“In the ceremonies of the public execution, the main character was the people, whose real and immediate presence was required for the performance.” (57) [The society of spectacle and more]

“Under the protection of imminent death, the criminal could say everything and the crowd cheered.” (60)

“…attempts were made to seize the condemned man, either to save him or to kill him more surely” (63)

“ambiguous rituals” (65)

“The offences had to be properly defined and more surely punished; out of this mass of irregularities, sometimes tolerated and sometimes punished with a severity out of all proportion to the offence, one had to determine what was an intolerable offence, and the offenders had to be apprehended and punished.” (86)

“The right to punish had been shifted from the vengeance of the sovereign to the defence of society.” (90, “Society Should Be Defended”)

“The last crime cannot but remain unpunished.” (93)

“the double taxonomy of punishments and crimes” (100)

“The art of punishing, then, must rest on a whole technology of representation.” (104)

“Mere day-dreaming? Perhaps.” (105)

“This, then, is how one must imagine the punitive city. At the crossroads, in the gardens, at the side of roads being repaired of bridges built, in workshops open to all, in the depths of mines that may be visited, will be hundreds of tiny theaters of punishment.” (113)

“The apparatus of corrective penalty acts in a quite different way. The point of application of the penalty is not the representation, but the body, time, everyday gestures and activities; the soul, too, but in so far as it is the seat of habits. The body and the soul, as principles of behavior, form the element that is now proposed for punitive intervention.” (128)

“How did the coercive, corporal, solitary, secret model of the power to punish replace the representative, scenic, signifying, public, collective model?” (131)

“Let us to take the ideal figure of the soldier as it was still seen in the early seventeenth century. To begin with, the soldier was someone who could be recognized from afar; he bore certain signs: the natural signs of his strength and courage, the marks, too, of his pride; his body was the blazon of his strength and valour; and although it is true that he had to learn the profession of arms little by little — generally in actual fighting — movements like marching and attitudes like the bearing of the head belonged for the most part to a bodily rhetoric of honour…” (135)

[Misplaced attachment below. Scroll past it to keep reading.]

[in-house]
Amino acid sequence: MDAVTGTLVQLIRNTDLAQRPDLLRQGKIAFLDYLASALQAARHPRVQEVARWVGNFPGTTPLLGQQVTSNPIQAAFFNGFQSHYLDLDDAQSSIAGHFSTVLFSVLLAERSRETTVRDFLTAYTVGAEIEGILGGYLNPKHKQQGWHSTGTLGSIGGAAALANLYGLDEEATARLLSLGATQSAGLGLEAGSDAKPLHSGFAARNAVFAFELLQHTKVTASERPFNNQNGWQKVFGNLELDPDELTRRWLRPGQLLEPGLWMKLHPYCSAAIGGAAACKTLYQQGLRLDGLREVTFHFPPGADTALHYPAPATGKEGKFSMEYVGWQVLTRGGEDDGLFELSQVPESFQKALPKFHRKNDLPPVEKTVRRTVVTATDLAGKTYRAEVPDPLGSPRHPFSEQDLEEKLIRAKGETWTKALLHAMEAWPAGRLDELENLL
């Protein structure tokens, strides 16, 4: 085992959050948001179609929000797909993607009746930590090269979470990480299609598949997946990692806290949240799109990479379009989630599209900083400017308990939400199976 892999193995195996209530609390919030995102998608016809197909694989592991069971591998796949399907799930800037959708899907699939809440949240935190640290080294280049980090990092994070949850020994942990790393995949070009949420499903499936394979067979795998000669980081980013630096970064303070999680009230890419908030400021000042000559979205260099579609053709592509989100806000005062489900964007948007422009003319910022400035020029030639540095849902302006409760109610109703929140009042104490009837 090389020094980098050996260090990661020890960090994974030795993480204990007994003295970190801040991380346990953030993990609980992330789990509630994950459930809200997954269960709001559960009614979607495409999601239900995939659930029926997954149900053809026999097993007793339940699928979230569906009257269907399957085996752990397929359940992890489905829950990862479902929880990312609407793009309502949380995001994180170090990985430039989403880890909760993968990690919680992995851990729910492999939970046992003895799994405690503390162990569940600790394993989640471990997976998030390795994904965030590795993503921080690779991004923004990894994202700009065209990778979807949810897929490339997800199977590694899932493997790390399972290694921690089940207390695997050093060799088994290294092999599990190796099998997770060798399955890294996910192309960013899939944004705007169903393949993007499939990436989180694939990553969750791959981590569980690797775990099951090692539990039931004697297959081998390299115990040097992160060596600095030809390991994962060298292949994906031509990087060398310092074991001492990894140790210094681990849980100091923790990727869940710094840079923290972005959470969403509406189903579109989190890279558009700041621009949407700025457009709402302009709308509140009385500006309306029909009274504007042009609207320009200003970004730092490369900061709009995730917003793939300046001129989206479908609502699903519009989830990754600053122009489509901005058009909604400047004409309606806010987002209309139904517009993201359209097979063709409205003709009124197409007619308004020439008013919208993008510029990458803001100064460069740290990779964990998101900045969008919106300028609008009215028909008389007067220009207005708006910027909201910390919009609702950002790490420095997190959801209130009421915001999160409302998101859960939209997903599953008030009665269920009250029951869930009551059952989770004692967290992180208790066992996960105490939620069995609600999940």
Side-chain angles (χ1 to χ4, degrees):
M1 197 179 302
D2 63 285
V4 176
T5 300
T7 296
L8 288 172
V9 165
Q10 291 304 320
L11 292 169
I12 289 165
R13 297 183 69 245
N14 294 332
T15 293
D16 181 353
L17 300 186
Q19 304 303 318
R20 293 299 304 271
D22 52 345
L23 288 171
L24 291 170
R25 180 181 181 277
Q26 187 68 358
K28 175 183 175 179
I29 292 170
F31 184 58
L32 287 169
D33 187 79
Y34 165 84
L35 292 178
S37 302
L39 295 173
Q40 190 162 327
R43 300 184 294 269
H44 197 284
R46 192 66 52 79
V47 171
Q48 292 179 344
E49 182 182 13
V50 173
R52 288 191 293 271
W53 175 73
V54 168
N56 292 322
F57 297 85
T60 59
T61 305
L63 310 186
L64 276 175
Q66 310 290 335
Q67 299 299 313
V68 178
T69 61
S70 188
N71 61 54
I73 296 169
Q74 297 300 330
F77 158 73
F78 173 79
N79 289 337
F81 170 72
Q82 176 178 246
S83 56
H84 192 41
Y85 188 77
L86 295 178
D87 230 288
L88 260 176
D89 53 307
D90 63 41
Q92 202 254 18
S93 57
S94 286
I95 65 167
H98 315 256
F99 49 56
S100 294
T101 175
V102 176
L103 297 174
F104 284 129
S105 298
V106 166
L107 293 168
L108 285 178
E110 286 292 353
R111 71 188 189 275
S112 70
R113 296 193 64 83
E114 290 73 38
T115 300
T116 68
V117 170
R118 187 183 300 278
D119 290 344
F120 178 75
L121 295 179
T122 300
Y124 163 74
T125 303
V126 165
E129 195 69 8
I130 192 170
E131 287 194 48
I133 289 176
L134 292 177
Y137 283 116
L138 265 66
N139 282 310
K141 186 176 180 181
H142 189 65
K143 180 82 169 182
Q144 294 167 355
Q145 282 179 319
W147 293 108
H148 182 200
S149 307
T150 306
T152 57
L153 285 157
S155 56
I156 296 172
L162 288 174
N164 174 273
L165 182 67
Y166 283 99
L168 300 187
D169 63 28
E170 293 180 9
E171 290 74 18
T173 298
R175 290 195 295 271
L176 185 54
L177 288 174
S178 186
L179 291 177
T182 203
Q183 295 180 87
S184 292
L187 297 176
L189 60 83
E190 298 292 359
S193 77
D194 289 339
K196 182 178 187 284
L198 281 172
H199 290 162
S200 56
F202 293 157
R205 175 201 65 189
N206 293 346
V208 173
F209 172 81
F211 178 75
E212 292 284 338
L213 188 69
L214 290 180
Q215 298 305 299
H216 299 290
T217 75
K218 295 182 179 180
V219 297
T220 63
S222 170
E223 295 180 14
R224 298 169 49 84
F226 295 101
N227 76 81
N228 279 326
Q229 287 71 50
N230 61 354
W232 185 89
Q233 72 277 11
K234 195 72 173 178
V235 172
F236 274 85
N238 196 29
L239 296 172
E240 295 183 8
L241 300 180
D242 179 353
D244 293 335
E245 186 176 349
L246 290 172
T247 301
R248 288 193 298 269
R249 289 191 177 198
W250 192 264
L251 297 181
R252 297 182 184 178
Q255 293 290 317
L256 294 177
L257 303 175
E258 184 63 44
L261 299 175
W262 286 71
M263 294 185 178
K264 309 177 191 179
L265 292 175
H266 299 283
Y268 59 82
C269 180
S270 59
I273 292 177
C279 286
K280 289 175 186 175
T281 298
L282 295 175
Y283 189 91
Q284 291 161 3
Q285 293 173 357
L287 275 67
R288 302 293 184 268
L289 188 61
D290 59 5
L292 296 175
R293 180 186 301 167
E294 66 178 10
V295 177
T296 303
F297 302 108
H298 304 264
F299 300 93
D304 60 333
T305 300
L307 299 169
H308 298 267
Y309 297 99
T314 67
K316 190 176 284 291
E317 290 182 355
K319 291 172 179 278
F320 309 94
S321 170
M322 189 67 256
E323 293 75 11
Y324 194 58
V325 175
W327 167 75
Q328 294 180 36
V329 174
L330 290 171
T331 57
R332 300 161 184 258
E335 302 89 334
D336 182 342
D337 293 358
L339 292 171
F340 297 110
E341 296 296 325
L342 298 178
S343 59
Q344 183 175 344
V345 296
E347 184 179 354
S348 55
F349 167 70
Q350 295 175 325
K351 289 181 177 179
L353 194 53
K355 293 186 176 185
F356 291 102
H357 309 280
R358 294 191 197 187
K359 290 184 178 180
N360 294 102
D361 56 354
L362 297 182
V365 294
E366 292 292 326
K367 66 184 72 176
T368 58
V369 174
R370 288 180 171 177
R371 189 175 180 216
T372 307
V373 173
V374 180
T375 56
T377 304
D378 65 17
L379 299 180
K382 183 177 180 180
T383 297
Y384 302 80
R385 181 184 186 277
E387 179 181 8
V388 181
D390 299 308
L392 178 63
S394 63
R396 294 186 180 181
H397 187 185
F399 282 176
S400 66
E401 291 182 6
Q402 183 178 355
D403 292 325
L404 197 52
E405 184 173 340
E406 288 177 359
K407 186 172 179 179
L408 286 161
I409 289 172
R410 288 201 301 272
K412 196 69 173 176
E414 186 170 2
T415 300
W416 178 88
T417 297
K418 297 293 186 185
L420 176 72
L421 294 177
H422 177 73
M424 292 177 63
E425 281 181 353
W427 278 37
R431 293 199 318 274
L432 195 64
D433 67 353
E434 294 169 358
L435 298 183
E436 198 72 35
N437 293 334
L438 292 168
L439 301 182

“Discipline sometimes requires enclosure, the specification of a place heterogeneous to all others and closed in upon itself.” (141)

“The organization of a serial space was one of the great technical mutations of elementary education.” (147)

“The mutual improvement school was to exploit still further this control of behaviour by the system of signals to which one had to react immediately.” (167)

“These ”observatories” had an almost ideal model: the military camp — the short-lived, artificial city, built and reshaped almost at will; the seat of a power that must be all the stronger, but also all the more discreet, all the more effective and on the alert in that it is exercised over armed men.” (171)

“The order that the disciplinary punishment must enforce is of a mixed nature: it is an ‘artifical’ order, explicitly laid down by a law, a programme, a set of regulations.” (179)

“One of the essential conditions for the epistemological ‘thaw’ of medicine at the end of the eighteenth century was the organization of the hospital as an ‘examining’ apparatus. The ritual of the visit was its most obvious form.” (185)

“As opposed to the ruined prisons, littered with mechanisms of torture, to be seen in Piranese’s engravings, the Panopticon presents a cruel, ingenious cage.” (205)

“We are much less Greeks than we believe.” (217)

“This production of delinquency and its investment by the penal apparatus must be taken for what they are: not result acquired once and for all, but tactics that shift according to how closely they reach their target.” (285)

“I am not saying that the human sciences emerged from the prison.” (305) [Oh but you do.]



Voluntary Incarceration




Foucault, Michel. Discipline and Punish. Translated by Alan Sheridan. Vintage Books New York 1995.


Airports in their current materialization are only possible in the society of control. The paranoid consistency I observed through Russia, Ukraine, Great Britain, Finland, India, Italy, Spain, and the United States of America, is impressive. In the majority of these countries I saw more than one airport. They are remarkably similar; a truly international space. Quirks and things are different everywhere, but the essence of the place is to be devoid of any local specificity, over which the universal readability of the space is opted for. Wonderful continuity throughout the different continents and countries. The glaring surfaces everywhere, the same alphabets, the same underlying message: follow our directions in a correct and timely fashion, and out of our deceptively comfortable globality you would get to the dear to your heart locality, in all what the word entails, faster. Everywhere there is the same pulsating threat: you are the citizen here who might be, if needed, if the authorities so desire, stripped from your so-called rights, very easily and in an accurate, disciplined, elegant, noiseless manner.

Our current culture is all about exercising the utmost patience: safely secured in their seats, little do passengers differ from the patients secured in their inebriated selves, within their dulled with the drugs bodies. Foucault would call airport today the disciplining space akin to prison and hospital. “The Birth of the Airport” is one of his unwritten books.